Researchers asked volunteers to devote about a minute and a half to methodically imagining chewing and swallowing 30 M&Ms, one after another. Then, when presented with a bowl of M&Ms, those volunteers ate about half as many candies as volunteers who imagined eating only three M&Ms, or none at all.

That’s not what was expected. Conventional wisdom is “don’t think about food”. So what happens is we think about food.  Suppression sensitizes us to cravings. The mind is pretty literal and when we try not to think about it, we do anyway. But when we actively think about food, it triggers a habituation reflex. Scientists used to think habituation needed direct stimulus, but that’s not the case. We can do it from mind alone. The impact of that on what we are able to achieve remains to be seen.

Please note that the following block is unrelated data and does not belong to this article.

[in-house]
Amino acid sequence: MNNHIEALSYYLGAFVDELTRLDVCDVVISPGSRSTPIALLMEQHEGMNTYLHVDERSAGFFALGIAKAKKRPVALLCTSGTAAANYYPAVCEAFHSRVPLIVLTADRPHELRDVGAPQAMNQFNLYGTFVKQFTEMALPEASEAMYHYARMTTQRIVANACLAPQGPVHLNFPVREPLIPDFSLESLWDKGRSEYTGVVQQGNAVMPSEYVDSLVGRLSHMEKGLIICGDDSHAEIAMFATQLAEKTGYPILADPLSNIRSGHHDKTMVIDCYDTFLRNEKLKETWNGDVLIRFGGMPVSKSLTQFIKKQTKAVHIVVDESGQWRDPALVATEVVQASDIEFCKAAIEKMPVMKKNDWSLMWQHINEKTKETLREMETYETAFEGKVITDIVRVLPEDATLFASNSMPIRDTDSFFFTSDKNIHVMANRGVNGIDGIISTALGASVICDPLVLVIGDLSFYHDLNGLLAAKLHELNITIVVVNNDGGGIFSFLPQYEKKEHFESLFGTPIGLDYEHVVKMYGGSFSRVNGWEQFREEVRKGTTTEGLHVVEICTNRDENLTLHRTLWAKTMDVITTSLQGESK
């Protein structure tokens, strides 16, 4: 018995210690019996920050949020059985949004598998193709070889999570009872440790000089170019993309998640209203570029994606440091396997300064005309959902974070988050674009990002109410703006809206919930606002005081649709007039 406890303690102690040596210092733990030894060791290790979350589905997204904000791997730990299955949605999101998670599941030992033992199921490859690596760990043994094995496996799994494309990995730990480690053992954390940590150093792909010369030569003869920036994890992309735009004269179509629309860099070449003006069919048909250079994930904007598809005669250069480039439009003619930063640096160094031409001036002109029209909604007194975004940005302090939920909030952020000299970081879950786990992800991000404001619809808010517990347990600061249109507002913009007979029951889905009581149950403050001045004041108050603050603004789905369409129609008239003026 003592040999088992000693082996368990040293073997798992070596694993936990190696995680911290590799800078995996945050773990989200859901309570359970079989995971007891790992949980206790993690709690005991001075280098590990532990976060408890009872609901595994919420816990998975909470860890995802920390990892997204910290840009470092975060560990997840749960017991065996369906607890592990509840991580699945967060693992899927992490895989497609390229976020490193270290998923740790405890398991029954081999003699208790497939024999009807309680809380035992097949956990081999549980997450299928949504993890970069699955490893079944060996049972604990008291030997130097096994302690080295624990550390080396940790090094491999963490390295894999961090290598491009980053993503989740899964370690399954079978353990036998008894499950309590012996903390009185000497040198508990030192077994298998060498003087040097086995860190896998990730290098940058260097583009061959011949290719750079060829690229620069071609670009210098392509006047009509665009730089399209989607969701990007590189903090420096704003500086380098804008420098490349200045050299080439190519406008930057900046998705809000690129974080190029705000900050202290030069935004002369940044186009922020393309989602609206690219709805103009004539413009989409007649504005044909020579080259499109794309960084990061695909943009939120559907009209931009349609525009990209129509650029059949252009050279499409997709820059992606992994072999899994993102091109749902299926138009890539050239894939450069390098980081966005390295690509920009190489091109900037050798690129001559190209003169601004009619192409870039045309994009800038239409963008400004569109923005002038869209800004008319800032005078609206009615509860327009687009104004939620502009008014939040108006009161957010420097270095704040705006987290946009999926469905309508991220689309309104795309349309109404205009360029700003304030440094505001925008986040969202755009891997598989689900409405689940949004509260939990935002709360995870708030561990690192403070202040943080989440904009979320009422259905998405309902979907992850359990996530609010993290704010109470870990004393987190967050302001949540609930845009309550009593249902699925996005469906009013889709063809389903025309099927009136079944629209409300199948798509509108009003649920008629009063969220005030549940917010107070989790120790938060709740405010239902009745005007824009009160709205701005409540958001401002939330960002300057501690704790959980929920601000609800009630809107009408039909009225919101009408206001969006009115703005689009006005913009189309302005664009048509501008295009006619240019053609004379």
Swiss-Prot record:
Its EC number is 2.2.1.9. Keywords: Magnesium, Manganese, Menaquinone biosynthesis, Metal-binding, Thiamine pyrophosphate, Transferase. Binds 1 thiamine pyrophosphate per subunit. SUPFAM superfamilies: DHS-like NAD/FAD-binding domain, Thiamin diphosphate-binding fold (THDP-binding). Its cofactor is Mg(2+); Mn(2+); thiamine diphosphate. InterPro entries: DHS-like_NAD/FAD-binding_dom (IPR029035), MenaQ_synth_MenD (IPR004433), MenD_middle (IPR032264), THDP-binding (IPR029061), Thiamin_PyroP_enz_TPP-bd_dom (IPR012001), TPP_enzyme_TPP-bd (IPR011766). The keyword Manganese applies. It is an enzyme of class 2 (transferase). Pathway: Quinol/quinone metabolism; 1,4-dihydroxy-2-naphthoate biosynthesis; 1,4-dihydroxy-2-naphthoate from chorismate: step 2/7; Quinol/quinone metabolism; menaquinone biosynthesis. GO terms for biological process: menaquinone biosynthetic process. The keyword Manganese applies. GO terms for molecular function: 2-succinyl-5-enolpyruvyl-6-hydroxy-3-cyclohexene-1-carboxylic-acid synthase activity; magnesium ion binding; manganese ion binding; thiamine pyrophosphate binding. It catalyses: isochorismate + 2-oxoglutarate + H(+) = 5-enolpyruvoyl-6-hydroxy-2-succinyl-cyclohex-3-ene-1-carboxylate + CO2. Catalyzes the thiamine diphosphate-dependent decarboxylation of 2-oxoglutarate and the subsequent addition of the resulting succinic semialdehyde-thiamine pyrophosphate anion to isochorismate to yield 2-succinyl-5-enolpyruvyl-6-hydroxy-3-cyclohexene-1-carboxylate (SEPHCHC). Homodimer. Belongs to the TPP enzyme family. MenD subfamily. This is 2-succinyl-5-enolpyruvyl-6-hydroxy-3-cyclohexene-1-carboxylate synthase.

For those of us still dialing in that optimal zone of health and well being, or working to regain it, playing the “Is It Healthy?” Game isn’t just what we do, it’s who were being in the moment, either imagining the M&M’s or actually eating them. I think they’ve finally discovered how we can have our cake and eat it too!

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